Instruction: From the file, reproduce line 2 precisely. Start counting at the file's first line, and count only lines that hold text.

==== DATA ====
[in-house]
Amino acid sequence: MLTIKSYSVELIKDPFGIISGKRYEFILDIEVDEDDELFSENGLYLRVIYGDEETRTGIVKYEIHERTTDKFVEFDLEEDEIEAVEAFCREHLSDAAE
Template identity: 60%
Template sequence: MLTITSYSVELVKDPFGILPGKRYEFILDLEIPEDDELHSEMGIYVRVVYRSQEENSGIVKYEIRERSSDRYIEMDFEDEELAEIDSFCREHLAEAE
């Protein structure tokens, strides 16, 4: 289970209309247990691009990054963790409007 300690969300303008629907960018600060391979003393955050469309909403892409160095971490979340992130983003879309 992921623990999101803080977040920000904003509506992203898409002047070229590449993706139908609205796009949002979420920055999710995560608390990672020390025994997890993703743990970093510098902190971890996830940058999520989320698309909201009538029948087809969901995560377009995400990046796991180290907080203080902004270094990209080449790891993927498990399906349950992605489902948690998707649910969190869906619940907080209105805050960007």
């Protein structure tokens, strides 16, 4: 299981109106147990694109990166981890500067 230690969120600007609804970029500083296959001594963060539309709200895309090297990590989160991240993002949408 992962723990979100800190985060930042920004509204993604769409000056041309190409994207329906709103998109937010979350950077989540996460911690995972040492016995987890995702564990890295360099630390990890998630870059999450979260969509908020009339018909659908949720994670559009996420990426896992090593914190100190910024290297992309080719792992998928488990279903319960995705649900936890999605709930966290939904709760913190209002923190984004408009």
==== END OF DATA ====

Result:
Amino acid sequence: MLTIKSYSVELIKDPFGIISGKRYEFILDIEVDEDDELFSENGLYLRVIYGDEETRTGIVKYEIHERTTDKFVEFDLEEDEIEAVEAFCREHLSDAAE